Several miles from Litembo mission, as we call it, there is the awe-inspiring Mmbuji Rock, the subject of legends and other folklore. Ibuuta, Matengo fairies, live on this rock. People who live nearby report seeing unusual sights on the rock at night. The Matengo behold this rock with awe and reverence.

I recommend a hike up the surrounding mountains. The trails wind through coffee farms, fields of maize, wheat, and beans. Along the way, there are brick houses with corrugated iron roofs. As one pushes higher and higher, the houses vanish, to be replaced by both fields and uncultivated patches, the abode of colourful butterflies and birds of various kinds. Isolated trees and rocks of different shapes and sizes define the landscape.

It is cold up there, and windy. On the rocks, ancient little trees with stunted trunks and gnarled branches defy the cold winds, their roots wedged deep into the rock crevices. From that height, you can see distant places, where the horizon merges with the sky. This is not a place to spend the day, however, because of the cold winds, but it is a great place to enjoy a panoramic view of this beautiful region in Southern Tanzania.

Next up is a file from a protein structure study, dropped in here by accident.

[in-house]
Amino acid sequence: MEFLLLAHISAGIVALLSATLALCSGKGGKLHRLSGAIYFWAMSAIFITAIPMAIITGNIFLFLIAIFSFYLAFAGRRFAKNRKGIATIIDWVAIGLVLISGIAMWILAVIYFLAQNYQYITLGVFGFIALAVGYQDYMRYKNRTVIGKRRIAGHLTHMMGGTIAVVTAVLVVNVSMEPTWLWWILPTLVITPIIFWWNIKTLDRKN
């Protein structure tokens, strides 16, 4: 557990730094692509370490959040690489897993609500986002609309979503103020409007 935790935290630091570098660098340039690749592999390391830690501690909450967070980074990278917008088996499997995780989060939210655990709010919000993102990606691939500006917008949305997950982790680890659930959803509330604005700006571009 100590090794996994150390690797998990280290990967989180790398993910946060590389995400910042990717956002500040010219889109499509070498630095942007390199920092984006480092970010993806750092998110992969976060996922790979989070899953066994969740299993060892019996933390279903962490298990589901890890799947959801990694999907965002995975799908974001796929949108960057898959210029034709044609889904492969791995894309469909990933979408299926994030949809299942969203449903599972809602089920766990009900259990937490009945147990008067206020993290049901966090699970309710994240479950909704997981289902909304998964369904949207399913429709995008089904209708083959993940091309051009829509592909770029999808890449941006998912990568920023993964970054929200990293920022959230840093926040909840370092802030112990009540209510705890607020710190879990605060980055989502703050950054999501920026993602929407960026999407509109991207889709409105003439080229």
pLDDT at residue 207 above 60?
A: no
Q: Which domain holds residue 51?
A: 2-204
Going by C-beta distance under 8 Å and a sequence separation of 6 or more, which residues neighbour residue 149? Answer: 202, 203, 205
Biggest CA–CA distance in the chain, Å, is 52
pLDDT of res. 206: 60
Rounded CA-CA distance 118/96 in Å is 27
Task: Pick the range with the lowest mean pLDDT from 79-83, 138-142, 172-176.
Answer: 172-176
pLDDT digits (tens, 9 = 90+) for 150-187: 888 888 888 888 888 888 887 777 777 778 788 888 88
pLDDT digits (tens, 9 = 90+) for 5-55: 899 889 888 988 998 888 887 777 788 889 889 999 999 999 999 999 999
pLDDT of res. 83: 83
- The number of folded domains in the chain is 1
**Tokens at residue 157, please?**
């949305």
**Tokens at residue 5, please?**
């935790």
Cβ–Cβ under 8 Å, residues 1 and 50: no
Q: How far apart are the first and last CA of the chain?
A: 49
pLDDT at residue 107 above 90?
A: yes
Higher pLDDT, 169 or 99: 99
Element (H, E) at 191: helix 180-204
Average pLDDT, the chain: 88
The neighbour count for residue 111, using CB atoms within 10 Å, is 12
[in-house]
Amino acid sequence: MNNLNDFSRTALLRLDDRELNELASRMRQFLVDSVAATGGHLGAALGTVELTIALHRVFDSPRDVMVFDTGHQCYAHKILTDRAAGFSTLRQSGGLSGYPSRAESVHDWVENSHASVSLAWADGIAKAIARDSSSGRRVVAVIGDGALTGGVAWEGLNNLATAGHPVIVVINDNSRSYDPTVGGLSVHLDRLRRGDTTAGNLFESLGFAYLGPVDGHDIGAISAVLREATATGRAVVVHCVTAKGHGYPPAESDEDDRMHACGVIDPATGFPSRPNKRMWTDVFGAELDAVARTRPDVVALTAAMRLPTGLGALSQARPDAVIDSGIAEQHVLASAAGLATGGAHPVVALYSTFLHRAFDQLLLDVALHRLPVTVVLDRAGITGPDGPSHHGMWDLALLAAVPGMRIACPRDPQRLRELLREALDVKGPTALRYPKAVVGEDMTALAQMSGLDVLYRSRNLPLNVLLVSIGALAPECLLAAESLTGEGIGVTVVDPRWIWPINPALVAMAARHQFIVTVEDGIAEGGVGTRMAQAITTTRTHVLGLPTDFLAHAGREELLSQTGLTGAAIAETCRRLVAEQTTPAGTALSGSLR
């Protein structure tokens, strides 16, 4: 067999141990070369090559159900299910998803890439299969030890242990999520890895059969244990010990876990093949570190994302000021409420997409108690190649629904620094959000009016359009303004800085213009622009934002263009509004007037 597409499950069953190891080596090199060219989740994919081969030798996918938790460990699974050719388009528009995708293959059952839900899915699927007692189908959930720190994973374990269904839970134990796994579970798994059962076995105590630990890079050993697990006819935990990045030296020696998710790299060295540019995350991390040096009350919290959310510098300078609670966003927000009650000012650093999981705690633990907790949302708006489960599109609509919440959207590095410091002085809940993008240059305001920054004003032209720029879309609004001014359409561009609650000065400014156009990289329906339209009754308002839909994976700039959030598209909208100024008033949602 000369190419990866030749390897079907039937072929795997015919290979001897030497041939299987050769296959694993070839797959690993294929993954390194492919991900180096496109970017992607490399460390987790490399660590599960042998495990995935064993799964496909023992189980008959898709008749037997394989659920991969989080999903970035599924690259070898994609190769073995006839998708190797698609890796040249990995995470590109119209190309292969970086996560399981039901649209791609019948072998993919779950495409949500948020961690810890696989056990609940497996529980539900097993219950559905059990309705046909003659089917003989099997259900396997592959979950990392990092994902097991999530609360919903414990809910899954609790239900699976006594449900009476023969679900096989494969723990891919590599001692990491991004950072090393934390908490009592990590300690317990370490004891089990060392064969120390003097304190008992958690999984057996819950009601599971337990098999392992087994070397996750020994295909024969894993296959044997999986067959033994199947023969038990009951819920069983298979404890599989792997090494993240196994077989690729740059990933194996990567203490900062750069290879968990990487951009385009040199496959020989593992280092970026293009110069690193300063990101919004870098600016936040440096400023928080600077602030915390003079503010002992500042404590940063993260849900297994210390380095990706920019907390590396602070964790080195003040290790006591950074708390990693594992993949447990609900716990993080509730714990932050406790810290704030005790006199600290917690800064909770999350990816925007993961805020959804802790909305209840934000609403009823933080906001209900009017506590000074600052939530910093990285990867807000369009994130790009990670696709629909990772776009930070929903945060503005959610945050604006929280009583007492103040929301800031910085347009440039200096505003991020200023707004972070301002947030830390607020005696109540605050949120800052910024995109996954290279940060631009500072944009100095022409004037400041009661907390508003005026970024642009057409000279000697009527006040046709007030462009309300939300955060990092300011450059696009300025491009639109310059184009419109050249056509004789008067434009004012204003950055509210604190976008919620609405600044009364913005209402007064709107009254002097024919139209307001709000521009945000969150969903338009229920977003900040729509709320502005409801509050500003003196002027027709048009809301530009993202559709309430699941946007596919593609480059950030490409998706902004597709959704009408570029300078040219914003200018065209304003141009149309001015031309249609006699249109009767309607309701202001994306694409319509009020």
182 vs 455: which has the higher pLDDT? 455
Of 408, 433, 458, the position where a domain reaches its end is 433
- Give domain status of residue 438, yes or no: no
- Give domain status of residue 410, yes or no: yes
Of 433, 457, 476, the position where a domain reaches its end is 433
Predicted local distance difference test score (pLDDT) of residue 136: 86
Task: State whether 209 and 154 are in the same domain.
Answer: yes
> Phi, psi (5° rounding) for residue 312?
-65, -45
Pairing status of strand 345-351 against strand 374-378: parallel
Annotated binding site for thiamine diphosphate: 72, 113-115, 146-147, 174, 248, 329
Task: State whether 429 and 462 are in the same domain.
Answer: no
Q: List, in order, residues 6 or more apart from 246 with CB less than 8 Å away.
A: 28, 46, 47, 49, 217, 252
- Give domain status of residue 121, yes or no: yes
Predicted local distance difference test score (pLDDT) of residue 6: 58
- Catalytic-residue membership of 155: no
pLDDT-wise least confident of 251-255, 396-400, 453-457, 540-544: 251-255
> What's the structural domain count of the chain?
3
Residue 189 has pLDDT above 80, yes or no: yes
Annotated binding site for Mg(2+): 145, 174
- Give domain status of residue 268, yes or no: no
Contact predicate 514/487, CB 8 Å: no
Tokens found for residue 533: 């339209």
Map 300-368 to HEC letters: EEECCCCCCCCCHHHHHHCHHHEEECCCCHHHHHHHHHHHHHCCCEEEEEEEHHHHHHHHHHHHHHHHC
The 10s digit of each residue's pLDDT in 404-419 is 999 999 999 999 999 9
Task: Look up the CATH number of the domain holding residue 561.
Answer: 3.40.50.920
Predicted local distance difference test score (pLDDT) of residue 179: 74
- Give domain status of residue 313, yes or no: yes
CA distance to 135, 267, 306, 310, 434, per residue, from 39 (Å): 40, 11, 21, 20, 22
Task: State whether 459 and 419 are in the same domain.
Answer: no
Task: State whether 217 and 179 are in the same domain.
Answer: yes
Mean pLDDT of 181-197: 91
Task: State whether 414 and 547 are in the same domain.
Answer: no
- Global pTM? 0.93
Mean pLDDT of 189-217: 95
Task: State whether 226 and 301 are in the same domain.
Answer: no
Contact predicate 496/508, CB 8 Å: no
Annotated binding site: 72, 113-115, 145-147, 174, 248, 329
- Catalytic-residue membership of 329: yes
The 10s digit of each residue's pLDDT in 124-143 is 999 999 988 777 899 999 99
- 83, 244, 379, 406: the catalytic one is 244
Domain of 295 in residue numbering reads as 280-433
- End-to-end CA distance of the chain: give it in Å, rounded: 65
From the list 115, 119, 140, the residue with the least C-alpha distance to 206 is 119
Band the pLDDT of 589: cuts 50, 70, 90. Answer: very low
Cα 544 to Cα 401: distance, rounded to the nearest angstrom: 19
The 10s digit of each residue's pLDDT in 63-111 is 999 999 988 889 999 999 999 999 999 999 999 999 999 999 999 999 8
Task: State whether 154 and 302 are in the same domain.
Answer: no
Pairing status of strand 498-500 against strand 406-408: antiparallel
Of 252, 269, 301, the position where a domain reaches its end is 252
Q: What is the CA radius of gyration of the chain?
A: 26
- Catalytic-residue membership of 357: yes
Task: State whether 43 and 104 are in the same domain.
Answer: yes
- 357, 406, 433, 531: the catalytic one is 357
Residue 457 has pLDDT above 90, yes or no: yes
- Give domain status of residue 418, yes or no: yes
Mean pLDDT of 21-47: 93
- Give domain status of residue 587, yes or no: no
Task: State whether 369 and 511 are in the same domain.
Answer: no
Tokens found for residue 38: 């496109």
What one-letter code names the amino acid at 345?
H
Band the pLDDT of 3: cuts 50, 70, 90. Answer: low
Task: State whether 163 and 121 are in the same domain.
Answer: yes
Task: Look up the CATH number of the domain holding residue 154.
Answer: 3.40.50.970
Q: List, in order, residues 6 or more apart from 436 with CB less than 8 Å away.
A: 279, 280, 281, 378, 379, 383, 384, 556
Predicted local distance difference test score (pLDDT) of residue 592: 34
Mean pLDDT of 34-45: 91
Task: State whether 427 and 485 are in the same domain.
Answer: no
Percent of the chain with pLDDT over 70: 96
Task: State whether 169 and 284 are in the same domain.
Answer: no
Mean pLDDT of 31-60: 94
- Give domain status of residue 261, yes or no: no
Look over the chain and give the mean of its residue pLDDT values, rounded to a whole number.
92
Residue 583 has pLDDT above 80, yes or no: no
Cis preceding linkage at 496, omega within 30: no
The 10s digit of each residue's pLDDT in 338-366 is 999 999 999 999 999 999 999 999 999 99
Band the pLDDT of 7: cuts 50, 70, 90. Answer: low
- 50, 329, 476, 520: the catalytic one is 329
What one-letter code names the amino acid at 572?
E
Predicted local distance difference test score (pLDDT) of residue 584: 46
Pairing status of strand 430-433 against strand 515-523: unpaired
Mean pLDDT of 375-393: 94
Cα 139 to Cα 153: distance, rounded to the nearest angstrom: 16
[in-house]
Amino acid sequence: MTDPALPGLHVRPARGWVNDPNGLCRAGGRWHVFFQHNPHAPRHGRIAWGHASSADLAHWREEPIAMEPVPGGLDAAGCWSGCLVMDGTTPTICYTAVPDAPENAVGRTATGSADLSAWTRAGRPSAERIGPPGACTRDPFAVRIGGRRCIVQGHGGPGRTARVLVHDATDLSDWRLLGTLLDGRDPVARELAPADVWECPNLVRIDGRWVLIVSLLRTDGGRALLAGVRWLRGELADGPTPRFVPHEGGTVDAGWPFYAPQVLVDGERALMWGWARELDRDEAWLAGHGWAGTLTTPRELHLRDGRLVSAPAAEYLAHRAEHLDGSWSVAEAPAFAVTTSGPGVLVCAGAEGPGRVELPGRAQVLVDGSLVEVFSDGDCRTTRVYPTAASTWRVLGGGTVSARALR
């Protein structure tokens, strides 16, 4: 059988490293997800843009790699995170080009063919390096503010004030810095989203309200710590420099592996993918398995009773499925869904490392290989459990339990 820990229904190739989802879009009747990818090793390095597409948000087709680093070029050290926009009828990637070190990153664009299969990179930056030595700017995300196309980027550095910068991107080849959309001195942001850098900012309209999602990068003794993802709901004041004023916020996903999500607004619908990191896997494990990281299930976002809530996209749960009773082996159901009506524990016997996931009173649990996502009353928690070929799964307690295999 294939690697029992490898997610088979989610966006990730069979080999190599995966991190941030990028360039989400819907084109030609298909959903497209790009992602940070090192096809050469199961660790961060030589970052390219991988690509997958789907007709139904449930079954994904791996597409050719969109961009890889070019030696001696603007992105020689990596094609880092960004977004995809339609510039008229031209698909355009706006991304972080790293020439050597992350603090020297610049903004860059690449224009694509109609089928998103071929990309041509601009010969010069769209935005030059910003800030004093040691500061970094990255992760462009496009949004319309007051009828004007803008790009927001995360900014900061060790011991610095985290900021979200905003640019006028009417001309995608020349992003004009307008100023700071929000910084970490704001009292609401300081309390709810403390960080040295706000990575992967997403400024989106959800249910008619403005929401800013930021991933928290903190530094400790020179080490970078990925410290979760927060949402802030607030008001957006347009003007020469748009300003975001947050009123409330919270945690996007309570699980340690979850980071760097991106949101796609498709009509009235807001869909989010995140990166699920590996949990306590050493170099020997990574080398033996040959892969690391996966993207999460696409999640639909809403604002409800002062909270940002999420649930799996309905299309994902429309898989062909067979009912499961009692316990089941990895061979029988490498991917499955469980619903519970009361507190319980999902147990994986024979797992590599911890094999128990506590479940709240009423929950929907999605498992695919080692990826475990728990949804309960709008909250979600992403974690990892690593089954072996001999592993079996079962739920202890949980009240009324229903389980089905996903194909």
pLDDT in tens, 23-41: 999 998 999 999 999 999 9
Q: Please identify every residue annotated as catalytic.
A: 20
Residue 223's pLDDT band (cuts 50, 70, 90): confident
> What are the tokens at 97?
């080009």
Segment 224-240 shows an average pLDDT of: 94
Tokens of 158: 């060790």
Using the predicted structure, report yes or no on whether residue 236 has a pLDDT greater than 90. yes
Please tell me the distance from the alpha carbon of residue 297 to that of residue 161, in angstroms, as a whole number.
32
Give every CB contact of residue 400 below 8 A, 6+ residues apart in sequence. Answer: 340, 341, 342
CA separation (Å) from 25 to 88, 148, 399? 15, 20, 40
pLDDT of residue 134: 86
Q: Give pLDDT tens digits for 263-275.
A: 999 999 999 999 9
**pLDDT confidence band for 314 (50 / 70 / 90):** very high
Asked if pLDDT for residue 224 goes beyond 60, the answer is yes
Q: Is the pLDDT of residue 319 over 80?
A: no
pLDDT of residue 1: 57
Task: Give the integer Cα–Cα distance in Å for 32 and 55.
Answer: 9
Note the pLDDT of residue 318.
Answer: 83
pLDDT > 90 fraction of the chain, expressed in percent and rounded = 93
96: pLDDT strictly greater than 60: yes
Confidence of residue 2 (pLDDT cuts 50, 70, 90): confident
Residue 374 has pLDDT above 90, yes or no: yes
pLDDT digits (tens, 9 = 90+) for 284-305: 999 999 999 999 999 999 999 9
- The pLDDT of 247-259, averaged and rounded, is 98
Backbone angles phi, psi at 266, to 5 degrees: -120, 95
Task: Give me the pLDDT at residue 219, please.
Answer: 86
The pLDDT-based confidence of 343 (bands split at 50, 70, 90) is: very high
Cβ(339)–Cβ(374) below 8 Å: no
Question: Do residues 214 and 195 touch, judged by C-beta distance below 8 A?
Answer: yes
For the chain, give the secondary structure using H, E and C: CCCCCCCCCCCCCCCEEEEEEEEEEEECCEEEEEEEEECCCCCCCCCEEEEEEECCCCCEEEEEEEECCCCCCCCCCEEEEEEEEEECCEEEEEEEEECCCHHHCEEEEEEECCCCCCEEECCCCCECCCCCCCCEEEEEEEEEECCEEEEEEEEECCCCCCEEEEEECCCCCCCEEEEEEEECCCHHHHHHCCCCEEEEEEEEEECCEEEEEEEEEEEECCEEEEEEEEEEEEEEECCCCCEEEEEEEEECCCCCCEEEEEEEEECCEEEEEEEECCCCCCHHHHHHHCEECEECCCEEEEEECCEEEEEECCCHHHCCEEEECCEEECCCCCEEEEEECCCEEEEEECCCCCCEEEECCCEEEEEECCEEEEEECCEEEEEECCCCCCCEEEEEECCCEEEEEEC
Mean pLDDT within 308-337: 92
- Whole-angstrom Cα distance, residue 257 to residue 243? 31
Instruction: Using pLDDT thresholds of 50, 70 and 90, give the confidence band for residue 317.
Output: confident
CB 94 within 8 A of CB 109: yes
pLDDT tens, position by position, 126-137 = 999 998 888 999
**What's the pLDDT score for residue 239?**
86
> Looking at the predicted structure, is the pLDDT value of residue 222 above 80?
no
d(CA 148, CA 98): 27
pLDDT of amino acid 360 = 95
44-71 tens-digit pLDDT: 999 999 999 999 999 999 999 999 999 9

(Litembo photo at the top of the page is from Peramiho Abbey).

Monday, December 6, 2010

Thank You, Joseph Mbele

I see this blog as my private space, where I can express what I want: thoughts, sentiments, recollections, hopes, joys, anxieties, and so on. This blog post is somewhat personal.

As an author and cultural consultant, I always want to know how or whether I am connecting with my audiences. It is therefore gratifying to receive any feedback.

Several days ago, I came across a blog post titled "Thank You, Joseph Mbele," written by someone who had heard me speak at the College of St Benedict/St. John's University. I had been invited there to give several presentations, one of them to Peace Studies students and faculty preparing to travel to Eastern and Southern Africa.